If you think California’s water problems look bad now, just wait.
That seems to be the message of a new study by a team from the USGS, Scripps, Berkeley and elsewhere who ran detailed simulations of climate change scenarios on the Sacramento-San Joaquin Delta/San Francisco Bay system.
The project provides a useful exercise, not in prediction, but rather in sketching out possible scenarios that give a feel for the envelope of uncertainty decision-makers face going forward:
We emphasize that such model-based projections are not predictions but instead are plausible depictions of how this complex landscape might respond to prescribed model- and emissions-specific future climates.
Using a couple of different model runs, with varying greenhouse gas emission trajectories, the scientists found:
- warming temperatures
- reduced runoff
- rising sea level
- rising salinity
One of the key findings is that not all climate change trajectories look alike – both because of uncertainty in the models themselves (in the so-called “sensitivity” to rising greenhouse gases) and, more importantly, in the irreducible uncertainty of greenhouse gas trajectories. The latter is the biggest problem. One might hope that science will reduce the uncertainty in the models, but or inability to predict future human economic and societal development means we’ll always have an irreducible level of cluelessness about future greenhouse gas emissions trajectories. If both models agree on a key feature, policy makers can be more confident they’ll have to deal with it. In areas where the models highlight fundamental uncertainties, policies need to be robust to the possibilities of different outcomes:
This classification of projected responses to climate change suggests that regional planners and resource managers should consider: (a) strategies for adaptation to progressively increasing air and water temperature, sea level and salinity intrusion in the SFEW, and further shifts toward more runoff in winter and less in spring-summer; but (b) planning for a broad range of future water supply because GCMs differ widely in their projections of precipitation trends. Effective strategies will be flexible and responsive to new data and assessments of climate change as they emerge.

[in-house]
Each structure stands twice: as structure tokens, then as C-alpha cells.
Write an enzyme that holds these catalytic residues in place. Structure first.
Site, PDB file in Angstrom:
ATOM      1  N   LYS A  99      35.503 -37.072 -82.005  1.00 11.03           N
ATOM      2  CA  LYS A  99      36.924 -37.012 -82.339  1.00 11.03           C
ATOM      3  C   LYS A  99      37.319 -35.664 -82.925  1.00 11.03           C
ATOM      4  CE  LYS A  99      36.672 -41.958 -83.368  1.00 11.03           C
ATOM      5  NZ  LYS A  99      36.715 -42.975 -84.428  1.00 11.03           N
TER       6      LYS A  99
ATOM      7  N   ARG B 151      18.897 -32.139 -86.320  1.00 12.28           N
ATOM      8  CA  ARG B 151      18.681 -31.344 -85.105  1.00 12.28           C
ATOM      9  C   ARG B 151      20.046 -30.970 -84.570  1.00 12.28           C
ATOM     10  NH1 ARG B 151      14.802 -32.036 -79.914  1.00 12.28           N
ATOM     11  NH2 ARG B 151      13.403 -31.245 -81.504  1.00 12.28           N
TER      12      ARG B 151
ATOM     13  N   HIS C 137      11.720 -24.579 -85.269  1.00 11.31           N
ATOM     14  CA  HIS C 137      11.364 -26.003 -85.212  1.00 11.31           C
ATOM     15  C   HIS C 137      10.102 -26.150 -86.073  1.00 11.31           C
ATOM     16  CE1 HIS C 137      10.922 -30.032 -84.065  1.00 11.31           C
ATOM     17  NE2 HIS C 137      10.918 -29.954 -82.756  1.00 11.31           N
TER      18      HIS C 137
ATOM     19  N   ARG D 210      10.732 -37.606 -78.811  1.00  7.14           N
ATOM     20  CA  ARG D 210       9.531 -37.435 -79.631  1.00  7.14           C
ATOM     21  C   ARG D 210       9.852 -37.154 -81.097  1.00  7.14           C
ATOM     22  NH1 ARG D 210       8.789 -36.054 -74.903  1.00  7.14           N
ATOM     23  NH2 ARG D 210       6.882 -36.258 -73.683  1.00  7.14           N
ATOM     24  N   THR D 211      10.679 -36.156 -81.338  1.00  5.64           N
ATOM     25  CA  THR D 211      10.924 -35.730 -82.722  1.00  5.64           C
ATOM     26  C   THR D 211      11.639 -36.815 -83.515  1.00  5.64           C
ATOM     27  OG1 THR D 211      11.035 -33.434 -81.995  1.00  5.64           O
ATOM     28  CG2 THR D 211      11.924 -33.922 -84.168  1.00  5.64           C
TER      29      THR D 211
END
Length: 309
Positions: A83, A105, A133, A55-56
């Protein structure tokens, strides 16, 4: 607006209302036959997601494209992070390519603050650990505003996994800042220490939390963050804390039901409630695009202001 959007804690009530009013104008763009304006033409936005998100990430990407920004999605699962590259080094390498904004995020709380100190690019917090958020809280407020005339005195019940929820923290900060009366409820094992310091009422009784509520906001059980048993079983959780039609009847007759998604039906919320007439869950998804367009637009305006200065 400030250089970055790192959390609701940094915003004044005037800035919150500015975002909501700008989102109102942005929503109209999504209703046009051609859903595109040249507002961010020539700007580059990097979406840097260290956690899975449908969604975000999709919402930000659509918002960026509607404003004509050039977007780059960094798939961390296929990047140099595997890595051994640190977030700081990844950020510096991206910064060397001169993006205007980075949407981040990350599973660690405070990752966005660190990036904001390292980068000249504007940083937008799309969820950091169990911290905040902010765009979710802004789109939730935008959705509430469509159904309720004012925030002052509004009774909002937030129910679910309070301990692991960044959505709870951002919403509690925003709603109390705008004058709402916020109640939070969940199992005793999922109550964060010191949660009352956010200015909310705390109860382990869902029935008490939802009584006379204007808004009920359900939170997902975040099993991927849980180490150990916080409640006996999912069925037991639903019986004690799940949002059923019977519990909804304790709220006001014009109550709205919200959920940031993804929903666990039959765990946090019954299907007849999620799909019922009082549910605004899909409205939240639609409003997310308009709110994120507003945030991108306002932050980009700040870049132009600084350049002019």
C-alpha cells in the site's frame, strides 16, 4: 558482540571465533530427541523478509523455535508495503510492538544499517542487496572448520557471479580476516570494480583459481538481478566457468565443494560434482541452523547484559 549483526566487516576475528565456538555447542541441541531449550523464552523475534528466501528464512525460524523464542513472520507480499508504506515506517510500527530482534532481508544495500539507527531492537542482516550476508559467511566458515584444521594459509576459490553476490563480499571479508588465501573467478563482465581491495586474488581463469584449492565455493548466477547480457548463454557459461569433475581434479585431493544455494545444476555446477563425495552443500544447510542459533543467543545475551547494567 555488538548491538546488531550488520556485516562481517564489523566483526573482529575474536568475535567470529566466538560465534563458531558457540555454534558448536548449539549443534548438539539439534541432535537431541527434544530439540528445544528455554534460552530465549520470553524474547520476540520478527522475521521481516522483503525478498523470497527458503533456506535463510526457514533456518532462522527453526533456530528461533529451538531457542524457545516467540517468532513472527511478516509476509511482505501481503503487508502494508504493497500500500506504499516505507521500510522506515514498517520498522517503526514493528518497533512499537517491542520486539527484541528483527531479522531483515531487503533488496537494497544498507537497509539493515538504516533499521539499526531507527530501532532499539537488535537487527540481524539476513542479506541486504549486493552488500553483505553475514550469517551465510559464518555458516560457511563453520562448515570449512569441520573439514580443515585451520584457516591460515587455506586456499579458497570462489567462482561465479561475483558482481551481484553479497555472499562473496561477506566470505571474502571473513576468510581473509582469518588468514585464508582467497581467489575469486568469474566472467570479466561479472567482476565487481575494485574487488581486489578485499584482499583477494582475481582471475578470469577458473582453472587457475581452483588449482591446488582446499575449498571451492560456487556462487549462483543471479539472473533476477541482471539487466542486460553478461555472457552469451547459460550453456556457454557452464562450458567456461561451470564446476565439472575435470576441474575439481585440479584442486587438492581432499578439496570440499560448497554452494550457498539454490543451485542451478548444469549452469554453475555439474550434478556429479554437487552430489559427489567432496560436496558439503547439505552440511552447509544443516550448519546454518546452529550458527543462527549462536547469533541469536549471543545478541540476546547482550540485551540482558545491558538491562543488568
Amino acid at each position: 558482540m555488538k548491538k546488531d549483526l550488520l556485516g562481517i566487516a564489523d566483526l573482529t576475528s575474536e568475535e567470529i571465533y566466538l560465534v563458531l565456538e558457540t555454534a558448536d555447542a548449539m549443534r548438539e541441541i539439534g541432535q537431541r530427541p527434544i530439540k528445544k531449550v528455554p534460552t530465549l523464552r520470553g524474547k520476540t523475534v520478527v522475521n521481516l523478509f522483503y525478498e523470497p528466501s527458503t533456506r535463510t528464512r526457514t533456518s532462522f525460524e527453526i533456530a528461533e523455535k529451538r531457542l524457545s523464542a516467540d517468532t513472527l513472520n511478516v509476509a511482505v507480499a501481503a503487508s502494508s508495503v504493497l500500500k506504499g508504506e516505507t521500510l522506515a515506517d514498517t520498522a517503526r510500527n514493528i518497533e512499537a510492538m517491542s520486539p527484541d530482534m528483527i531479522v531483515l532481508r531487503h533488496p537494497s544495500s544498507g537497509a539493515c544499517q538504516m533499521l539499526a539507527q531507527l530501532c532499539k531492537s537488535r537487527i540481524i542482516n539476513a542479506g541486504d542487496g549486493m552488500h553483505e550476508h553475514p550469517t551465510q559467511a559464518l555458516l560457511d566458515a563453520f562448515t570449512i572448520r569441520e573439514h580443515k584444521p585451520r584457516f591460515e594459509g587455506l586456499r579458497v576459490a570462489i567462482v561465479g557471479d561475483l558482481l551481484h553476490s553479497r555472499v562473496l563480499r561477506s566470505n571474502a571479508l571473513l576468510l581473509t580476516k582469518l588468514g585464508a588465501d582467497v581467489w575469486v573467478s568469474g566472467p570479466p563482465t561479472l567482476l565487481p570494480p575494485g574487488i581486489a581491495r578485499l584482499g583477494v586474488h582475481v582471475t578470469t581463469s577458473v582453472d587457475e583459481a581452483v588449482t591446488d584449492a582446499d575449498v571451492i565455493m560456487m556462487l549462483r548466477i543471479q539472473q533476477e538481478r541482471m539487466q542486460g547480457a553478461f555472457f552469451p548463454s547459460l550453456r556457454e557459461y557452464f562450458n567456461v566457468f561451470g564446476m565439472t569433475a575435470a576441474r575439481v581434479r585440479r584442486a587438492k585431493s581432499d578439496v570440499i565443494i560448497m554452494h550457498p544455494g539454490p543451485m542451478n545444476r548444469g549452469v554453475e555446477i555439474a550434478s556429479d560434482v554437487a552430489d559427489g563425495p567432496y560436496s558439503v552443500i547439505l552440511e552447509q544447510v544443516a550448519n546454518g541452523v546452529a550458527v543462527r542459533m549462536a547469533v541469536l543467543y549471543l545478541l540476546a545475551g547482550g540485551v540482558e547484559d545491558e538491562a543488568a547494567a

Given the current situation, this stuff is worth serious consideration:
California’s water supply (annual unimpaired runoff) is projected to decline or remain steady (Fig. 3), and demands are likely to increase as populations and temperatures rise. Deficits of surface runoff are now met with groundwater pumping. However, pumping between 1998 and 2010 depleted 48.5 km3 of water from the Central Valley groundwater system, and continued groundwater depletion at this rate is unsustainable . Future strategies of water management will require adaptations such as aggressively increasing water-use efficiency, reducing surface water deliveries, capturing more runoff in surface storage or groundwater recharge, and implementing programs of integrated regional water management . Model results suggest that the inherent large annual variability of precipitation will persist (Fig. 2), even as longer-term trends of warming and possibly drying take hold. Therefore, water-resource planning should also include contingencies for longer dry seasons, extended droughts, and extreme floods due to shifts from snow to rain. Diminishing snow packs result in earlier reservoir inflow, so reservoir operations must adapt to a shift toward more water being managed as a hazard (flood control) and less as a resource (reservoir storage). Additional freshwater releases to mitigate increased salinity intrusion into the estuary will be required to maintain quality of drinking water to communities that use the Delta as their municipal water supply. These adaptations to maintain water supply for human consumptive uses will potentially constrain availability of water to meet objectives of habitat conservation plans, such as restoring natural flow and salinity variability to promote recovery of native biota in the Delta .